Yara Shahidi is much more than just an actress on the ABC show ‘Black-ish‘ She’s also a 16-year-old budding activist who last month received the Daily Point of Light Award at the annual Points of Light Conference.
When accepting her award she gave a TED Talks-style speech where she dropped some serious knowledge on how the media perpetuates black stereotypes.
Often times these narratives are supported by fictional stories of characters from 100 of shows that grace your screen any time of the day. Many shows consciously and unconsciously perpetuate stereotypes by casting characters or casting people based on what a few in power seem to deem as believable. So if a black man is always cast as a drug dealer but rarely the righteous successful business man the conclusion is that it isn’t believable for a man of color to be inherently good or successful or on the side of righteousness. Good, bad, or indifferent TV helps define our collective reality. So if a child grows up never representative as successful or the hero than they are the anomaly if they succeed and the expectation if they fail.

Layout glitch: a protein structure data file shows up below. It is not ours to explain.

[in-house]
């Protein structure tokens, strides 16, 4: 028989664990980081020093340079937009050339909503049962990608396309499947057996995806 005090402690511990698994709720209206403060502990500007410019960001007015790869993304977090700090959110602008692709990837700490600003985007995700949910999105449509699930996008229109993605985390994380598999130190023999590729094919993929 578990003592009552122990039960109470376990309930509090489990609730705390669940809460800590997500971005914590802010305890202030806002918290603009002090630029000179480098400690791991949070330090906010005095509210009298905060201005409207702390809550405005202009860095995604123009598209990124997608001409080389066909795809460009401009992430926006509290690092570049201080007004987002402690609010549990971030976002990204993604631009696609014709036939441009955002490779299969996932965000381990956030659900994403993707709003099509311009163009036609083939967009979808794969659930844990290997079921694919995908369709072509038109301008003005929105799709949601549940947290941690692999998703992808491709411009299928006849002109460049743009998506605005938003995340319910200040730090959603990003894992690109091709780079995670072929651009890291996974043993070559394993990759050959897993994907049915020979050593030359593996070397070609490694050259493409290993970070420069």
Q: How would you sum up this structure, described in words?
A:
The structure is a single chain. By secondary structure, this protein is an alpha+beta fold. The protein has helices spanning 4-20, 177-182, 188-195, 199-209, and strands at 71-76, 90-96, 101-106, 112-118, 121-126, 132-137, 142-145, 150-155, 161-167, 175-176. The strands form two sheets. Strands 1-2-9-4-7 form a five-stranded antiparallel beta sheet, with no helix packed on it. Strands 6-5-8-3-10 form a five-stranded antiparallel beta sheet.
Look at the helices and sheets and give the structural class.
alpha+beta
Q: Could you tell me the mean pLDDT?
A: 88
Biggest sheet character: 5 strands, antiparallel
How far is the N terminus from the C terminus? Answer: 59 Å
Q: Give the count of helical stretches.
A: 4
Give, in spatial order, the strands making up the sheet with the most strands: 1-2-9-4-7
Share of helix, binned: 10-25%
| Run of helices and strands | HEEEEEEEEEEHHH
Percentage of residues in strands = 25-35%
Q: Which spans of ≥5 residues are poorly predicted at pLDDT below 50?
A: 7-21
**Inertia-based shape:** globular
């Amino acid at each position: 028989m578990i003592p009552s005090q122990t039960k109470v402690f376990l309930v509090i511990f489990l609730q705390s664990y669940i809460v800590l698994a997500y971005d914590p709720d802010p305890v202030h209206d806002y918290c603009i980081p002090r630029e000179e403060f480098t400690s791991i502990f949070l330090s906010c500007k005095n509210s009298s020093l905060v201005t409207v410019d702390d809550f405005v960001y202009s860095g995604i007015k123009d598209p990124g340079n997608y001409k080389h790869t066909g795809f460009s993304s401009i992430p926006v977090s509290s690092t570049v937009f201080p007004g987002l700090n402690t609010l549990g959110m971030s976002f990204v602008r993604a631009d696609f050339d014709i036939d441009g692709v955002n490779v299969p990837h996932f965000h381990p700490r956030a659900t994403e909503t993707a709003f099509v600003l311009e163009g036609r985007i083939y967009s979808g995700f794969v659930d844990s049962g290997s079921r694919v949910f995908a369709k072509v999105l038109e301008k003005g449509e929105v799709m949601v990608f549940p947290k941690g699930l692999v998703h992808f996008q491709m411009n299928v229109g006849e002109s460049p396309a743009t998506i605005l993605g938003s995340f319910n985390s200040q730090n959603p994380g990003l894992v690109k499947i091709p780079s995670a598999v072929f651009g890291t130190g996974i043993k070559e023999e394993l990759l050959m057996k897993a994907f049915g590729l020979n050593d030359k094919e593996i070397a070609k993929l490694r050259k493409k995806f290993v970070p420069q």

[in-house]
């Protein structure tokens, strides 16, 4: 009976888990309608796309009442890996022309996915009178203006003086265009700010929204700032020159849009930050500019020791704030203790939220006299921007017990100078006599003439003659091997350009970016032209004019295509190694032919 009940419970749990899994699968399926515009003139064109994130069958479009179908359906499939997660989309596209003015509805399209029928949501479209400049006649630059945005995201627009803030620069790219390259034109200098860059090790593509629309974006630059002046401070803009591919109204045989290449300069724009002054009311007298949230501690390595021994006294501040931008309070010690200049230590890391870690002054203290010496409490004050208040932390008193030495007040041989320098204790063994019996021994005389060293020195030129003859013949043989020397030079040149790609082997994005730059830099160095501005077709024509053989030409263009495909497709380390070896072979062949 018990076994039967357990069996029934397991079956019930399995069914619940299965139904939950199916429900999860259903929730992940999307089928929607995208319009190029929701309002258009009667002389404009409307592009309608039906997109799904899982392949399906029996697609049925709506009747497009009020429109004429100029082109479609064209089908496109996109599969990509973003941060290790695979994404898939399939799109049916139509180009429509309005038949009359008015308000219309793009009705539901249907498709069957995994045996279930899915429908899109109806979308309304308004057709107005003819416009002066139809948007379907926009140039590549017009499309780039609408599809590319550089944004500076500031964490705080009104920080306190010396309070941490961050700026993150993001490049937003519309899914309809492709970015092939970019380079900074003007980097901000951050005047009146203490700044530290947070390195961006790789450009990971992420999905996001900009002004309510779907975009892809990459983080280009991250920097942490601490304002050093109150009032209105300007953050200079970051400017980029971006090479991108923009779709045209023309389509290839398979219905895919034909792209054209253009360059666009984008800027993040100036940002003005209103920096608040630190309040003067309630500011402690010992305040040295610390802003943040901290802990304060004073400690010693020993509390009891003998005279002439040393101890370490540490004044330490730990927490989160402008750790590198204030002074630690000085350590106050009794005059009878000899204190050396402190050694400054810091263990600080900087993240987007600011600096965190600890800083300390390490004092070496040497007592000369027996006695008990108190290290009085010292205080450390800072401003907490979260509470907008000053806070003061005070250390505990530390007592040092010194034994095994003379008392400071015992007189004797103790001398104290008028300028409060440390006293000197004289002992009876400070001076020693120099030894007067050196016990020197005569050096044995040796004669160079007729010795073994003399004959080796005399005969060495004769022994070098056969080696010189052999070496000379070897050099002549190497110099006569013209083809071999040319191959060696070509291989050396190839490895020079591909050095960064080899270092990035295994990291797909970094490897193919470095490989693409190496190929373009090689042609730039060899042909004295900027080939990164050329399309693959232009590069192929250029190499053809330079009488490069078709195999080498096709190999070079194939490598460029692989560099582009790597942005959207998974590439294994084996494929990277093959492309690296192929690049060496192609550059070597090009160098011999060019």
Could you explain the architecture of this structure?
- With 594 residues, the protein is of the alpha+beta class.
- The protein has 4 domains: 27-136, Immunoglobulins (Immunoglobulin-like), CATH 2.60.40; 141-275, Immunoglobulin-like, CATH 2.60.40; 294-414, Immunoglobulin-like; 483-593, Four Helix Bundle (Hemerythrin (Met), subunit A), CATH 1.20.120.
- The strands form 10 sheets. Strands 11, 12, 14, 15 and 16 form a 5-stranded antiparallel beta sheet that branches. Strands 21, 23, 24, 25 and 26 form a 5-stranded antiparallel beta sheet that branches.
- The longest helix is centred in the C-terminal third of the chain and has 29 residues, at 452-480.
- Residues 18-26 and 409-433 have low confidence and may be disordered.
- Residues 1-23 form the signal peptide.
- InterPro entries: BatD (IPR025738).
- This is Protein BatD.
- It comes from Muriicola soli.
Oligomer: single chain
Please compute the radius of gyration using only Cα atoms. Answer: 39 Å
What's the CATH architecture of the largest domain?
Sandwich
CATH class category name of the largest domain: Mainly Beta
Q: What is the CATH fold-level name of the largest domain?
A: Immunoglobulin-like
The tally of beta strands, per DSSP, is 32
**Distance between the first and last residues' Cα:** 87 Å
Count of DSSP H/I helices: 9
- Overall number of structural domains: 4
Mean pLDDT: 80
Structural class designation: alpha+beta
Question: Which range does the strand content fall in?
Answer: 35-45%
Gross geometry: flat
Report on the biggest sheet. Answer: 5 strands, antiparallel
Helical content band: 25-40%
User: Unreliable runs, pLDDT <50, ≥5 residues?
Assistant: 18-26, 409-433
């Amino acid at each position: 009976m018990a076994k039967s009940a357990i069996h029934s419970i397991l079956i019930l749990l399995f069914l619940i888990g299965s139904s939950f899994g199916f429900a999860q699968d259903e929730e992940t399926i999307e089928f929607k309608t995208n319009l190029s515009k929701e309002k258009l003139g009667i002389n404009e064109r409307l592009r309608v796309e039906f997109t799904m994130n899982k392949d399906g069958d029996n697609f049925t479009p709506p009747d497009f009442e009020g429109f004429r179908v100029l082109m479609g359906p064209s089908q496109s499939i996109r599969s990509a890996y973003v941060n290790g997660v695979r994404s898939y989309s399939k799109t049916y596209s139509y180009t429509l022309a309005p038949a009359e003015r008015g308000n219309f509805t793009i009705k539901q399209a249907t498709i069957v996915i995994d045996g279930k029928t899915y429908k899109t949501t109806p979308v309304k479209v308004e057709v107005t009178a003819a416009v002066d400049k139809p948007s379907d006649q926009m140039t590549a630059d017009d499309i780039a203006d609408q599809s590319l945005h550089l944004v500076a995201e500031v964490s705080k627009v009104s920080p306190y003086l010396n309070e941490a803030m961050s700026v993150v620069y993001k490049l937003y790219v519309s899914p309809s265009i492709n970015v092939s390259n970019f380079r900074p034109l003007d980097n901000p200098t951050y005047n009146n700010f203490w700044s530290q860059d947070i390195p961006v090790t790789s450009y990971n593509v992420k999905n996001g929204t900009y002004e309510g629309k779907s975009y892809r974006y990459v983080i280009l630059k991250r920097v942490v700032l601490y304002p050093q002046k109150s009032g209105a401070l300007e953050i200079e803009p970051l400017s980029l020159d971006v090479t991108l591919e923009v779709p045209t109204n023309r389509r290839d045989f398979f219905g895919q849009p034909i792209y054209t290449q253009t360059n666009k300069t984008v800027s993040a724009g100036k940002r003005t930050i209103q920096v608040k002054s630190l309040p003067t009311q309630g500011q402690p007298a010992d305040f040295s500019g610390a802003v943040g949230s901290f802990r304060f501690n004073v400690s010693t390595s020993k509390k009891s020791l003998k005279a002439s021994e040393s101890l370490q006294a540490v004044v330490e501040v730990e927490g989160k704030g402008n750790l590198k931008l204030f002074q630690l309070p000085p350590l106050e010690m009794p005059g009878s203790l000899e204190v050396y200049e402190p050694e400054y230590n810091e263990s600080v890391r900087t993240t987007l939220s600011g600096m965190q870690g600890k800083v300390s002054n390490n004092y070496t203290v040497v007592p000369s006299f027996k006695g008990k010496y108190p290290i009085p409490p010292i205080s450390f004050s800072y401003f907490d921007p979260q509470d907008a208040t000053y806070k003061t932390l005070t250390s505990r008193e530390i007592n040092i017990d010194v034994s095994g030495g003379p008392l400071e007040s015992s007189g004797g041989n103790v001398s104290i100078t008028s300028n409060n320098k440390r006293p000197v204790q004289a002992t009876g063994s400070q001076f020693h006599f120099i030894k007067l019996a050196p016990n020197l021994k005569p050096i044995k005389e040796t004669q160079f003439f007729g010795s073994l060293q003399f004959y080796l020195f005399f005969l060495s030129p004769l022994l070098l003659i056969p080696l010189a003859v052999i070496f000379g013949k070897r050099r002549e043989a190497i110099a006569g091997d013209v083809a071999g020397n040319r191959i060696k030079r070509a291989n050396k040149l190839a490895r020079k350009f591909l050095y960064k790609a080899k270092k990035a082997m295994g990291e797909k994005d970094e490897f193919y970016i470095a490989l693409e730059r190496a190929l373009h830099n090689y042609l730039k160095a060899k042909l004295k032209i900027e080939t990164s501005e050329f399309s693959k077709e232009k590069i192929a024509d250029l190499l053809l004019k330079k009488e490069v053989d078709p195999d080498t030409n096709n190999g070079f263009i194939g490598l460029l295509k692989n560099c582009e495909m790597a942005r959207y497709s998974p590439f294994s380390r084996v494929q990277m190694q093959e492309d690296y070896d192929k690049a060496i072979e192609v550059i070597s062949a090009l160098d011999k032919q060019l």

And how shows like ‘Black-ish’ and ‘Grey’s Anatomy’ are fighting those stereotypes
“As you watch Black-ish, you are witnessing the constant conversation and work we put into the blossoming and development of my character Zoey. She is my activism through art. She is an angsty, rebellious teen, entrepreneurial at heart, academically astute, and the thread that ties her family together. It is through my character and characters like her that the barriers that racism, ageism, sexism, and other-isms can be broken down.”
Watch in full below.